PHILADELPHIA (AP) — Trea Turner had the moment that could have pushed the Phillies toward the World Series waiting for him. Philadelphia — with an electric offense grounded by strikeouts and unproductive at-bats — put the potential tying runs on base against Arizona’s bullpen in the seventh inning.
Here it was, the first Game 7 in the Phillies’ 141-year history, and Turner simply needed to keep the rally going as his team tried to erase a 4-2 deficit.
The $300 million shortstop, whose middling season was rejuvenated by a manufactured standing ovation in August, flied out to center field against Kevin Ginkel.
No worries. Bryce Harper was up.
You know Bryce Harper, the master of the postseason stage?
The two-time NL MVP who sent the Phillies to the World Series a year ago with a go-ahead home run was in position to try and repeat the feat against Ginkel. The righty-against-lefty matchup seemed to favor Harper, who had two homers already in the NLCS among the scores of his previous clutch postseason hits. But this time he lofted a 2-1 fastball to center, ending the scoring threat and Philadelphia’s last, best chance to return to the World Series.
Turner and Harper never got going once the NLCS returned to Philadelphia, where raucous crowds had given the Phillies an air of invincibility. Nick Castellanos finished hitless in his last 23 series at-bats. The home run hitters stopped hitting home runs. The Diamondbacks are instead headed to the World Series after knocking out the Phillies 4-2 on Tuesday night, and the team from the desert celebrated a Game 7 victory on Philadelphia’s own turf.
“In any of those games, you always want to have the moment, you always want to have the opportunity,” Harper said. “I think a lot of the guys on this team have had those moments, have had those opportunities. Reaching a little bit? Of course. But at the same time, we’ve been in those moments. Just didn’t get it done.”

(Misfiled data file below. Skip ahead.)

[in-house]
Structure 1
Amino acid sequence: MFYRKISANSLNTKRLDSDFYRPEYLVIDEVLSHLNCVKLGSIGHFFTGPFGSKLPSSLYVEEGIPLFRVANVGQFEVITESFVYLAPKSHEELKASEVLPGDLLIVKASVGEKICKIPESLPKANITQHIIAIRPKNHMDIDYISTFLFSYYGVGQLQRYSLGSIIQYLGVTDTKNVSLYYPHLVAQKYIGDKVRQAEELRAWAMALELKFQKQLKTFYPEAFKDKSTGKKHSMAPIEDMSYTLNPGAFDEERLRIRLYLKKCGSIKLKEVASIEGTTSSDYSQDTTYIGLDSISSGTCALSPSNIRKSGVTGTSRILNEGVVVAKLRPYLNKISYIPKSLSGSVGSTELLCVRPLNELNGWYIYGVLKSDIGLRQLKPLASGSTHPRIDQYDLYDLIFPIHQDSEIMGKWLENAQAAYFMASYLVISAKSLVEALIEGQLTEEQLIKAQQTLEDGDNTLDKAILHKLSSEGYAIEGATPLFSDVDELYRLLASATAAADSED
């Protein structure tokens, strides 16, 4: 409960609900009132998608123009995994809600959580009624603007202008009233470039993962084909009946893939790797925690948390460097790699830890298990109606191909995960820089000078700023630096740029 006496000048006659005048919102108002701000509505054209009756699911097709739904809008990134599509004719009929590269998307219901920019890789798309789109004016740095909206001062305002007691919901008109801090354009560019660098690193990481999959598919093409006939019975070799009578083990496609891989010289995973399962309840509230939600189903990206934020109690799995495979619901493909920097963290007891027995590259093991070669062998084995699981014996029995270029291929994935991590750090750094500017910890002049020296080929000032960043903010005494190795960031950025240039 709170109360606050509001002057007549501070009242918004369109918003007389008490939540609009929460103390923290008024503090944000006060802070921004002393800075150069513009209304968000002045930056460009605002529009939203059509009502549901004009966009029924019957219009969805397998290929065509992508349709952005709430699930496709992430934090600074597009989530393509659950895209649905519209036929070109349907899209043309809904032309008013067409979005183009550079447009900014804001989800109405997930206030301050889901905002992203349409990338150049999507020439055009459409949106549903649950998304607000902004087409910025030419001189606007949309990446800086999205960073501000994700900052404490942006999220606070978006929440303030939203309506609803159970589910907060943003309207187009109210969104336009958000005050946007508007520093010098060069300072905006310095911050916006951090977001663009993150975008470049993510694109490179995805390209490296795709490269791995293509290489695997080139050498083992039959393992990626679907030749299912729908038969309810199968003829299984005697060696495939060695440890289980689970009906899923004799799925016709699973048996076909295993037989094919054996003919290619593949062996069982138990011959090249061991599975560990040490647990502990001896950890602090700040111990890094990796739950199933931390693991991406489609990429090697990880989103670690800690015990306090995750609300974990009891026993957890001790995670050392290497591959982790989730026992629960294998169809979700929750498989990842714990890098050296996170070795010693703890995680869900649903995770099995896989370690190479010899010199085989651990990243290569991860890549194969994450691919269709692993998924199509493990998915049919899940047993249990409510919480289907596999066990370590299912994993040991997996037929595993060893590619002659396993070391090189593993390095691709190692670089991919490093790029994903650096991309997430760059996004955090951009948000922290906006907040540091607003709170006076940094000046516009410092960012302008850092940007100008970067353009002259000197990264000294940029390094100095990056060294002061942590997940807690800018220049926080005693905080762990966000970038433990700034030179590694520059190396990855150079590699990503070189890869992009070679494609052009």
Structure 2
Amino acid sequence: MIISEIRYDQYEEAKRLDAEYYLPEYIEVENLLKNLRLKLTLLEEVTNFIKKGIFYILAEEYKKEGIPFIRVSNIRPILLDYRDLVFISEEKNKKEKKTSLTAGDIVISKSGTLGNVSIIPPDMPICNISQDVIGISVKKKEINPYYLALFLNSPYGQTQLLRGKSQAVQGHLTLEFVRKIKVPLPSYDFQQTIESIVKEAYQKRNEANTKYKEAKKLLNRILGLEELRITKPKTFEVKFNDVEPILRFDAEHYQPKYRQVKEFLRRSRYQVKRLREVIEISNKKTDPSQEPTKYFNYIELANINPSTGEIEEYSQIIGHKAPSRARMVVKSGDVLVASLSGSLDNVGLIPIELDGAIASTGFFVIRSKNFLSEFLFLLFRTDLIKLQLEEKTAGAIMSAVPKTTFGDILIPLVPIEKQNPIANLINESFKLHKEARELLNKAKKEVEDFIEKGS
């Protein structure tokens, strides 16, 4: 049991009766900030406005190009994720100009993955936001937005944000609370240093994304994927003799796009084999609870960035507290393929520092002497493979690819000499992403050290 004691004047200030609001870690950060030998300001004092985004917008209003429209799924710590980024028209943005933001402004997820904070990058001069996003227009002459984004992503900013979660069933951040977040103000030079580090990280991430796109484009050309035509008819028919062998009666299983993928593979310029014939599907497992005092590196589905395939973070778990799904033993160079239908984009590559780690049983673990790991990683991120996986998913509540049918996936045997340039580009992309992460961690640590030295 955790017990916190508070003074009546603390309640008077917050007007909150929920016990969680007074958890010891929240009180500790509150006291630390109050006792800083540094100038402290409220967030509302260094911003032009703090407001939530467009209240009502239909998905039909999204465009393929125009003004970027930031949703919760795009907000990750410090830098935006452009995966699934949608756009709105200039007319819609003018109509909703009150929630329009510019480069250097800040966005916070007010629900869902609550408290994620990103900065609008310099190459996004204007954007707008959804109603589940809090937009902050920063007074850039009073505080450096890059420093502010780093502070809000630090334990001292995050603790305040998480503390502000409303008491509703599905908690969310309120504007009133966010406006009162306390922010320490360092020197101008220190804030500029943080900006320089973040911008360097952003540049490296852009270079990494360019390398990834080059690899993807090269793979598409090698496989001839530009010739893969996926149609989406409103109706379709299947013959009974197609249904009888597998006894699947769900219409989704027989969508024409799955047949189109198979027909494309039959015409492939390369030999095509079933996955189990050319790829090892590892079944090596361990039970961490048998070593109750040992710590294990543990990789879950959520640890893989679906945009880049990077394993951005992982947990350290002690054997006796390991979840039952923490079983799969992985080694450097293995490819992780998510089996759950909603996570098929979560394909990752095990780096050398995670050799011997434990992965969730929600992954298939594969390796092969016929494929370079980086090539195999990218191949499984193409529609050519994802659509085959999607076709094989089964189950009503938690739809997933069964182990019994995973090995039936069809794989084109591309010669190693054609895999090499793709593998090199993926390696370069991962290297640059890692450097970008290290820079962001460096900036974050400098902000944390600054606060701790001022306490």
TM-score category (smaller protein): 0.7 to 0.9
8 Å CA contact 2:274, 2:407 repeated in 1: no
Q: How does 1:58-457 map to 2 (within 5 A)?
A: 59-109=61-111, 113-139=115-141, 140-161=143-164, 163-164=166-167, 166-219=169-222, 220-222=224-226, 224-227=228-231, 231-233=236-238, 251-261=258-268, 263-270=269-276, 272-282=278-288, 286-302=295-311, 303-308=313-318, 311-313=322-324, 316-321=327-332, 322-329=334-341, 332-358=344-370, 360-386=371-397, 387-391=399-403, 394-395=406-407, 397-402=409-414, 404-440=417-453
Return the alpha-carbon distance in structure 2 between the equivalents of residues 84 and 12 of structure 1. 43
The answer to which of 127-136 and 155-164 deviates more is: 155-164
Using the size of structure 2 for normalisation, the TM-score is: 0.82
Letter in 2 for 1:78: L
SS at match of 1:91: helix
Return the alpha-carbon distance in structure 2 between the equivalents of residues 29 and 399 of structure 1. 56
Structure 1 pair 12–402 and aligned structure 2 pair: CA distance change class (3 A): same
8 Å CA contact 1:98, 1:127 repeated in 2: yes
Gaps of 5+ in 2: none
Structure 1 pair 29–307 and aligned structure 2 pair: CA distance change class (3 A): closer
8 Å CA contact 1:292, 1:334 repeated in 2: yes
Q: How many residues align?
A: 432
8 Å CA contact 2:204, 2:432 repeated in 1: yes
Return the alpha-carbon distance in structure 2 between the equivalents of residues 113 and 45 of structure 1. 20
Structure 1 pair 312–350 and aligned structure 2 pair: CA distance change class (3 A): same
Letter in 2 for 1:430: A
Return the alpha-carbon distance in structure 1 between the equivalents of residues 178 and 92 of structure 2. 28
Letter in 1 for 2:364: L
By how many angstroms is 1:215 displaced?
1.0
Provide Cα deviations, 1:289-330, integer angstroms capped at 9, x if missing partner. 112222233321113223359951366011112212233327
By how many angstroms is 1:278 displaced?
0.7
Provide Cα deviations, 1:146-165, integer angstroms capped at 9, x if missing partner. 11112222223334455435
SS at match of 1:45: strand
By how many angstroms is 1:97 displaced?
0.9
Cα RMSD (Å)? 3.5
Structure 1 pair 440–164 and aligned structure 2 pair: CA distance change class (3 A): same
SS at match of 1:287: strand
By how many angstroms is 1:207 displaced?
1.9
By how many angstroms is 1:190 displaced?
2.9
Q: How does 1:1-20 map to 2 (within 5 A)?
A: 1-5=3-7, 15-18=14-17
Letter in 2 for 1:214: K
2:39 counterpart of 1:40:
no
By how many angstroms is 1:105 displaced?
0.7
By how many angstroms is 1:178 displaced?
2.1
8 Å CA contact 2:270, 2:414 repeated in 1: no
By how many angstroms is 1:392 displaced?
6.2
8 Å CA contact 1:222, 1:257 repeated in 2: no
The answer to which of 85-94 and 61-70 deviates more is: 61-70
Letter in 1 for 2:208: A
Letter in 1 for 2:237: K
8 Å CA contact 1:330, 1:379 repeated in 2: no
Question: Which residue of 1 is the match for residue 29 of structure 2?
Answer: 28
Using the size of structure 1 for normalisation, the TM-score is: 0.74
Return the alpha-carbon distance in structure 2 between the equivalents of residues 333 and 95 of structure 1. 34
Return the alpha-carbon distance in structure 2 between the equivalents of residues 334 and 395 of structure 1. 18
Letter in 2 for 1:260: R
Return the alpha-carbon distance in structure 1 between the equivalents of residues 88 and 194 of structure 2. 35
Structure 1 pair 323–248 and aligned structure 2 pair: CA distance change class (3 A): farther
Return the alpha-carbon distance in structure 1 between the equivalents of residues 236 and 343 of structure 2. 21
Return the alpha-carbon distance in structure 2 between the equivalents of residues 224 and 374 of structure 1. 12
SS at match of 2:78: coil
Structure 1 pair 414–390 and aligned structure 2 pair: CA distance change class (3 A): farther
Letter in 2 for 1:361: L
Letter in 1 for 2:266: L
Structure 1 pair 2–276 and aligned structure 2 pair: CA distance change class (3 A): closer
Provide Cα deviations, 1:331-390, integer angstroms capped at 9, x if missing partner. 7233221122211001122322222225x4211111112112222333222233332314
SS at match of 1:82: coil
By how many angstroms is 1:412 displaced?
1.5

This one will sting in Philly.
Blame the offense? Sure. Johan Rojas was perhaps the biggest of all the Game 7 rally-killers. Kyle Schwarber, Turner and Harper combined to go 1 for 11, and the trio was 1 for 20 in the final two games.
“I tried doing too much and put myself in bad counts,” Turner said.
Pin the collapse on the bullpen? Absolutely. The Diamondbacks used a walk-off single in Game 3 and a tying two-run homer late in a Game 4 win that wiped out an 0-2 NLCS hole.
Rob Thomson, the popular can-do-no-wrong Phillies manager in his first 1 1/2 seasons, made a series of questionable decisions. He stuck to his gut and kept inconsistent Alec Bohm in the cleanup role and was repaid with a solo homer in the second inning.
Other calls backfired.
The Phillies led 2-1 in the fourth and had runners on the corners with one out. Castellanos struck out — one of 11 in the NLCS. After a walk to Brandon Marsh, Thomson let Rojas hit rather than use a pinch hitter for the light-hitting outfielder. Rojas struck out, part of a 4-for-43 postseason.
“We had the lead at the time. Taking two out — taking your best defender out of the game, and wasting two players, I just didn’t think that was the right time,” Thomson said.
The Phillies eventually turned to ace Zack Wheeler for the first relief appearance of his big league career. It might have meant more had Thomson turned to Wheeler in the fifth rather than let starter Ranger Suárez try and push through one more inning. Suárez instead gave up two runs that put the Diamondbacks ahead 3-2, and they never looked back.
The Phillies have not won a World Series since 2008.
“I told the club if you asked me two days ago, two weeks ago, two months ago if we would be going home tonight, I would have said no. So that’s how much belief I have in this club,” Thomson said.
The Phillies will have plenty of time to look back at how series leads of 2-0 and 3-2 veered so off course. They have major decisions to make on pending free agents Aaron Nola, who lost Game 6, and Rhys Hoskins, the slugging first baseman who missed the season with a torn left ACL.
With or without the longest-tenured Phillies, Harper said the future remains bright in Philadelphia.
“Just understand that we’ll be back,” he said.
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